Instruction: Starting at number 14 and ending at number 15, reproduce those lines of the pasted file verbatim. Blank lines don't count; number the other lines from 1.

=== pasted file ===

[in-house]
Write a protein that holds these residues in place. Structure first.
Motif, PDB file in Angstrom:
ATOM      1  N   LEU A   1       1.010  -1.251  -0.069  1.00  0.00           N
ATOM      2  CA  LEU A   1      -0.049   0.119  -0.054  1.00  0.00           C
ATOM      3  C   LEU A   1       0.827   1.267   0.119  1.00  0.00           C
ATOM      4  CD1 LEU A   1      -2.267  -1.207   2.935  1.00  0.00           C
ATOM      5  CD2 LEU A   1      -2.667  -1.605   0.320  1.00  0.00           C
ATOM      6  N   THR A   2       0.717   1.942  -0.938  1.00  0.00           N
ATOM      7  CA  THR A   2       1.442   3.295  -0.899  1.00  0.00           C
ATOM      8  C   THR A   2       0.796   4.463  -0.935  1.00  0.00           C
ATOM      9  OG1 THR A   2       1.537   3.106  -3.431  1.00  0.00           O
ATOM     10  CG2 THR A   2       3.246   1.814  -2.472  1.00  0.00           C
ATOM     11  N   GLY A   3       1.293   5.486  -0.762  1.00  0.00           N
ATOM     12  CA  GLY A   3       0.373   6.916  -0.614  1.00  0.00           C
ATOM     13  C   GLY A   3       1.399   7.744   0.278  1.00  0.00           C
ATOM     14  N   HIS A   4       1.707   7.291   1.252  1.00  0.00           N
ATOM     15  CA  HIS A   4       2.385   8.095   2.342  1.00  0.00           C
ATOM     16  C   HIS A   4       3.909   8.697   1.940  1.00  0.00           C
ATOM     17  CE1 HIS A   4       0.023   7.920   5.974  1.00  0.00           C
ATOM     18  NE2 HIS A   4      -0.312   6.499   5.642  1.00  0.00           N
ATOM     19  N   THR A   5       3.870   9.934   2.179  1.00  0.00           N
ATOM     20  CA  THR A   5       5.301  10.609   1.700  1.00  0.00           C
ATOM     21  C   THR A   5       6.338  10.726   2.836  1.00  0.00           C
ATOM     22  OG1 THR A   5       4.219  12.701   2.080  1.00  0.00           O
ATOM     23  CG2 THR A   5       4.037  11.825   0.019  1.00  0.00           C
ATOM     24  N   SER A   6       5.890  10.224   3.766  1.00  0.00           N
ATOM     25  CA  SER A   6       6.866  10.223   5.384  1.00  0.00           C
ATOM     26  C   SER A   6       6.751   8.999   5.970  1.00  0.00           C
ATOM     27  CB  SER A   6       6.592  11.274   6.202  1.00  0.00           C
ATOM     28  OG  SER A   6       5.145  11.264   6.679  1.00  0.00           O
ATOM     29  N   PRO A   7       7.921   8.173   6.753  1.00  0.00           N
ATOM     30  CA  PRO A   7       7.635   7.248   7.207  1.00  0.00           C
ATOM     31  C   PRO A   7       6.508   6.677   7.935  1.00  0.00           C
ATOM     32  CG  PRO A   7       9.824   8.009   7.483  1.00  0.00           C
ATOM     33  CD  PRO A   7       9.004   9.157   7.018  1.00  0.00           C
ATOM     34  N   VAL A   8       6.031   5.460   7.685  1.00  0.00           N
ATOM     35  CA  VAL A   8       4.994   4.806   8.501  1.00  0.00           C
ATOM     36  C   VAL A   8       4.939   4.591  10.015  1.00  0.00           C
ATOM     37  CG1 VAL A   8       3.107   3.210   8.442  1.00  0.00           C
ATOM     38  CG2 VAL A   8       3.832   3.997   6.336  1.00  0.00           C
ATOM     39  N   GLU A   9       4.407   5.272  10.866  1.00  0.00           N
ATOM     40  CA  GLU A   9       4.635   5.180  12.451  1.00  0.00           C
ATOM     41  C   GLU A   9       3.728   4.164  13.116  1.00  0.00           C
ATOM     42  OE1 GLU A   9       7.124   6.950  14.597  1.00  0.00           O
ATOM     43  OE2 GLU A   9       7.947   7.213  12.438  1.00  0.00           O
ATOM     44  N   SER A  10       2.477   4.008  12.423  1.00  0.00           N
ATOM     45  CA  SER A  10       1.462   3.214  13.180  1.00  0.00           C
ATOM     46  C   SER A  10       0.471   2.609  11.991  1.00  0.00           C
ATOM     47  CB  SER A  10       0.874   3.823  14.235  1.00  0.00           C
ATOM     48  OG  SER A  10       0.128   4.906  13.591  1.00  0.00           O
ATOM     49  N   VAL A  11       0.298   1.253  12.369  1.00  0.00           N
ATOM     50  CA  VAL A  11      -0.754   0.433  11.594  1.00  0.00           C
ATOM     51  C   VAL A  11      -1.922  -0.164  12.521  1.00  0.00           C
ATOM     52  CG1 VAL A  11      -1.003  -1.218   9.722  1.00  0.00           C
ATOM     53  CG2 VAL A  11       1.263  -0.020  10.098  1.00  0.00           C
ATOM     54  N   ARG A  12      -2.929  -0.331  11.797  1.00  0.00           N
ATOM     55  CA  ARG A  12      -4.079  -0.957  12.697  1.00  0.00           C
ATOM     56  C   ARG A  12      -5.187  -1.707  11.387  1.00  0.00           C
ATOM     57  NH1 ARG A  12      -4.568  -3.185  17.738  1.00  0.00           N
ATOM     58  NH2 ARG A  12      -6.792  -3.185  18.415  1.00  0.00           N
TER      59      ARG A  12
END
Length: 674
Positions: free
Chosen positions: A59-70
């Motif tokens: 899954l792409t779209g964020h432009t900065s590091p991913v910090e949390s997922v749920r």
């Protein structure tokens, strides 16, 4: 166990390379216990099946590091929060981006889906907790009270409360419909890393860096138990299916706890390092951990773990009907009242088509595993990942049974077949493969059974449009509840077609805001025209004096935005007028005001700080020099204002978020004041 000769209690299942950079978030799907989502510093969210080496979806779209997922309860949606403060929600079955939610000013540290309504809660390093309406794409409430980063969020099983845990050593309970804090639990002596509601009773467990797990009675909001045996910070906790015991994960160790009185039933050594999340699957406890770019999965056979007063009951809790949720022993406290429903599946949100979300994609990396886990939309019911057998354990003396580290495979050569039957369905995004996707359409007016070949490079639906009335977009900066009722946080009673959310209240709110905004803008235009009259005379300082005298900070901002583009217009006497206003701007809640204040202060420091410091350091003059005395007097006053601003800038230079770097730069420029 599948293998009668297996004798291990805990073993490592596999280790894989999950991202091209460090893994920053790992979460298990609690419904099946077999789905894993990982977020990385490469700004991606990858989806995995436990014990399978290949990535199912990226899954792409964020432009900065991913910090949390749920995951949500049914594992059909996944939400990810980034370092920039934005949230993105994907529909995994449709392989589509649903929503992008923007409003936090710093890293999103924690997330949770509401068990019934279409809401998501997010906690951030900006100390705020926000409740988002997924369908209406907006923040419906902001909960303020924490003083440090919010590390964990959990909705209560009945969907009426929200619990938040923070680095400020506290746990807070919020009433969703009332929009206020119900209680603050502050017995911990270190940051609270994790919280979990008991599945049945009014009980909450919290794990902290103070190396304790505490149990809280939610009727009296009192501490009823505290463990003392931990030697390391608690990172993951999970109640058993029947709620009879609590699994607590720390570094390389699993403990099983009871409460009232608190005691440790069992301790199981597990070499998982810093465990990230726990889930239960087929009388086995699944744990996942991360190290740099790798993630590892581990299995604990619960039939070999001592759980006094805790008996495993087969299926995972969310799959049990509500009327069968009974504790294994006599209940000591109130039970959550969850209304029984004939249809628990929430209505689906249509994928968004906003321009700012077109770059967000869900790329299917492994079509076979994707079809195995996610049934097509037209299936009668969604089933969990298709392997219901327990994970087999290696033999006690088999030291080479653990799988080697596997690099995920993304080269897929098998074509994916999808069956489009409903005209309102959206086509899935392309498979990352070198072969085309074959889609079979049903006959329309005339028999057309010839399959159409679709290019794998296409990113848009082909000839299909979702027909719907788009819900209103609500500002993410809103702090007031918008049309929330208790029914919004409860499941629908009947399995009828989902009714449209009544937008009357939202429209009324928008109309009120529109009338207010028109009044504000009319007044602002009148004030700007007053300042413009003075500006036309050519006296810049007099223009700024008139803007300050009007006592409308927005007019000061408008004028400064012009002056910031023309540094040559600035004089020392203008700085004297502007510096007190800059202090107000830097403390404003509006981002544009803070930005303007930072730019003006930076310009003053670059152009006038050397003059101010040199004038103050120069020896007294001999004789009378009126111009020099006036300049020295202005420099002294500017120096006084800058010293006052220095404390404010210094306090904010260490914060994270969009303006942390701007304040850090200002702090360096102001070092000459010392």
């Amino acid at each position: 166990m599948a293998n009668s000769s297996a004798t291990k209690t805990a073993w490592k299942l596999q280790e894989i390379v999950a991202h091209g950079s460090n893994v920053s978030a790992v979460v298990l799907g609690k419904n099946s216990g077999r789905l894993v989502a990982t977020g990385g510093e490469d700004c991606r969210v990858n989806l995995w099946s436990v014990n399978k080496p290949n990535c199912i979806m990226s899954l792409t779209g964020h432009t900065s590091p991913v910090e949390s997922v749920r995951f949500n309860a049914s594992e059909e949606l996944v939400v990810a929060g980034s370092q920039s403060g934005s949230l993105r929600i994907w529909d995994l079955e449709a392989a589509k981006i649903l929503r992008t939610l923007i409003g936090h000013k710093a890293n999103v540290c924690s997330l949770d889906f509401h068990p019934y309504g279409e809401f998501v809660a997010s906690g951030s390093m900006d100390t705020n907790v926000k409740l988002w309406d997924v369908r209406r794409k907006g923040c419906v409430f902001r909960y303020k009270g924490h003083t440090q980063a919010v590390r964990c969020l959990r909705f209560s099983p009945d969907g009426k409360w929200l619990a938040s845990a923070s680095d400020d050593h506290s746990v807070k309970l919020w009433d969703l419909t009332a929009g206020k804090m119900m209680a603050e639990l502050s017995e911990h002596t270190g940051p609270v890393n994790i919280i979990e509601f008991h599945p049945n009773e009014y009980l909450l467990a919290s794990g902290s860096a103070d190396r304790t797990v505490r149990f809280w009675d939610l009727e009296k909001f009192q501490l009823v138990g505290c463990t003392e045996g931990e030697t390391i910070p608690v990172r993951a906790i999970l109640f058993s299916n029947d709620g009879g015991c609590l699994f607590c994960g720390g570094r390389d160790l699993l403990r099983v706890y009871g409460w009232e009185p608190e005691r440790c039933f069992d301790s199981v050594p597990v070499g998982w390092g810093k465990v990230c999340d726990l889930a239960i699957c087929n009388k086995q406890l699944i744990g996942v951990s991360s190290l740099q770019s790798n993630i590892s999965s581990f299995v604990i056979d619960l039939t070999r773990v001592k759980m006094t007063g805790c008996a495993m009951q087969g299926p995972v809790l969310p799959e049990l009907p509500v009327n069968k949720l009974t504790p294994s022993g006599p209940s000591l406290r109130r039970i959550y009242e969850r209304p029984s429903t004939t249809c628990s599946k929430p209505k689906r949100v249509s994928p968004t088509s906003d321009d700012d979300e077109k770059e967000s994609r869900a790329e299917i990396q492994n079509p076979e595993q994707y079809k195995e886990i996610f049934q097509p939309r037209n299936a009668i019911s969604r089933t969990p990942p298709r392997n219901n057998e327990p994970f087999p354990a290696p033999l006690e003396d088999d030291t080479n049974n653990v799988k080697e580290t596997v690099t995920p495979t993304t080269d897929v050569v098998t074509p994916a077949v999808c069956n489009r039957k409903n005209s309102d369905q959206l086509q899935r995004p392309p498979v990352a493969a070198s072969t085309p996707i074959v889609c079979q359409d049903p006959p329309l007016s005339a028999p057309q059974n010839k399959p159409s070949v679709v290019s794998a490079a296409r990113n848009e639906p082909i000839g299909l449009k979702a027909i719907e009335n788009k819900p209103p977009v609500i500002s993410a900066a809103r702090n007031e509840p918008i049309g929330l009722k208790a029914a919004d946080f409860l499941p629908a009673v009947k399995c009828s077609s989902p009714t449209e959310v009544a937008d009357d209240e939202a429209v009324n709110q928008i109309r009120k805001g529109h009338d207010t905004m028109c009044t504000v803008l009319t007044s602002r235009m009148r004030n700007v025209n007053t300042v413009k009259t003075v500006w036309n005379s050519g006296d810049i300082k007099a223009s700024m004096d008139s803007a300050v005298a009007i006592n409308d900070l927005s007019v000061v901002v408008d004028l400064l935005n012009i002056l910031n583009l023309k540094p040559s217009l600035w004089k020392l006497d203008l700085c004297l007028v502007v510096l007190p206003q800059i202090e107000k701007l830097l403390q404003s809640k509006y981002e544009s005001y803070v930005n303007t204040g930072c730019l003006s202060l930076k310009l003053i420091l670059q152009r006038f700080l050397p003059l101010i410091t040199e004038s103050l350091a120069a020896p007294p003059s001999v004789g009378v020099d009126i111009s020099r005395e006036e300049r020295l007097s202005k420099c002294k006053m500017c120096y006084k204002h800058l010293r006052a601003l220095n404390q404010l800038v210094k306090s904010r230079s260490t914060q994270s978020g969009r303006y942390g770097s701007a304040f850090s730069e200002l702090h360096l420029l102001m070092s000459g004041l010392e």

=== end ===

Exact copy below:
ATOM     11  N   GLY A   3       1.293   5.486  -0.762  1.00  0.00           N
ATOM     12  CA  GLY A   3       0.373   6.916  -0.614  1.00  0.00           C